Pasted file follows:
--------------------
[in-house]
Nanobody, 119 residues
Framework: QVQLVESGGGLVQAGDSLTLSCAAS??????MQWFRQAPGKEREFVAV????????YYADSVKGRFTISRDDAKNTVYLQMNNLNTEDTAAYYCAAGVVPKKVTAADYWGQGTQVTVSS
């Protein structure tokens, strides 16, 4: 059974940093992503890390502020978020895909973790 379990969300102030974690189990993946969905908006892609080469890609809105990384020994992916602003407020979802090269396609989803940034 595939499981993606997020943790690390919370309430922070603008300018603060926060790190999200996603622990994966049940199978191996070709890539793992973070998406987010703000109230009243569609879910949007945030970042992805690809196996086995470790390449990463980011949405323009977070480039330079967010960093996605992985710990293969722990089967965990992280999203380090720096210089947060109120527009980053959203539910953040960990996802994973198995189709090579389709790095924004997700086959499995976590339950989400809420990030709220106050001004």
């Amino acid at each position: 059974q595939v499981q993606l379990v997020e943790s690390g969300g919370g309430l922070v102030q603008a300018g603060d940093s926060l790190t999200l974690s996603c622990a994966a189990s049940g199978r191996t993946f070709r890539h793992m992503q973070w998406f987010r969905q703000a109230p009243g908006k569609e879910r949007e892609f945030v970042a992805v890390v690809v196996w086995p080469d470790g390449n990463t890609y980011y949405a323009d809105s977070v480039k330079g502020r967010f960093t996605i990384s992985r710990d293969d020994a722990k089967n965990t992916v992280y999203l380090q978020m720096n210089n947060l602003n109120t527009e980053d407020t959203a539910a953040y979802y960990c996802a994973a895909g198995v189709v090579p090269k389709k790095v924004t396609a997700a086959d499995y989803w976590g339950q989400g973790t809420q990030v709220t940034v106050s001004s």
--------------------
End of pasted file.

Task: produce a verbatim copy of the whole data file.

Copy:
[in-house]
Nanobody, 119 residues
Framework: QVQLVESGGGLVQAGDSLTLSCAAS??????MQWFRQAPGKEREFVAV????????YYADSVKGRFTISRDDAKNTVYLQMNNLNTEDTAAYYCAAGVVPKKVTAADYWGQGTQVTVSS
């Protein structure tokens, strides 16, 4: 059974940093992503890390502020978020895909973790 379990969300102030974690189990993946969905908006892609080469890609809105990384020994992916602003407020979802090269396609989803940034 595939499981993606997020943790690390919370309430922070603008300018603060926060790190999200996603622990994966049940199978191996070709890539793992973070998406987010703000109230009243569609879910949007945030970042992805690809196996086995470790390449990463980011949405323009977070480039330079967010960093996605992985710990293969722990089967965990992280999203380090720096210089947060109120527009980053959203539910953040960990996802994973198995189709090579389709790095924004997700086959499995976590339950989400809420990030709220106050001004």
């Amino acid at each position: 059974q595939v499981q993606l379990v997020e943790s690390g969300g919370g309430l922070v102030q603008a300018g603060d940093s926060l790190t999200l974690s996603c622990a994966a189990s049940g199978r191996t993946f070709r890539h793992m992503q973070w998406f987010r969905q703000a109230p009243g908006k569609e879910r949007e892609f945030v970042a992805v890390v690809v196996w086995p080469d470790g390449n990463t890609y980011y949405a323009d809105s977070v480039k330079g502020r967010f960093t996605i990384s992985r710990d293969d020994a722990k089967n965990t992916v992280y999203l380090q978020m720096n210089n947060l602003n109120t527009e980053d407020t959203a539910a953040y979802y960990c996802a994973a895909g198995v189709v090579p090269k389709k790095v924004t396609a997700a086959d499995y989803w976590g339950q989400g973790t809420q990030v709220t940034v106050s001004s």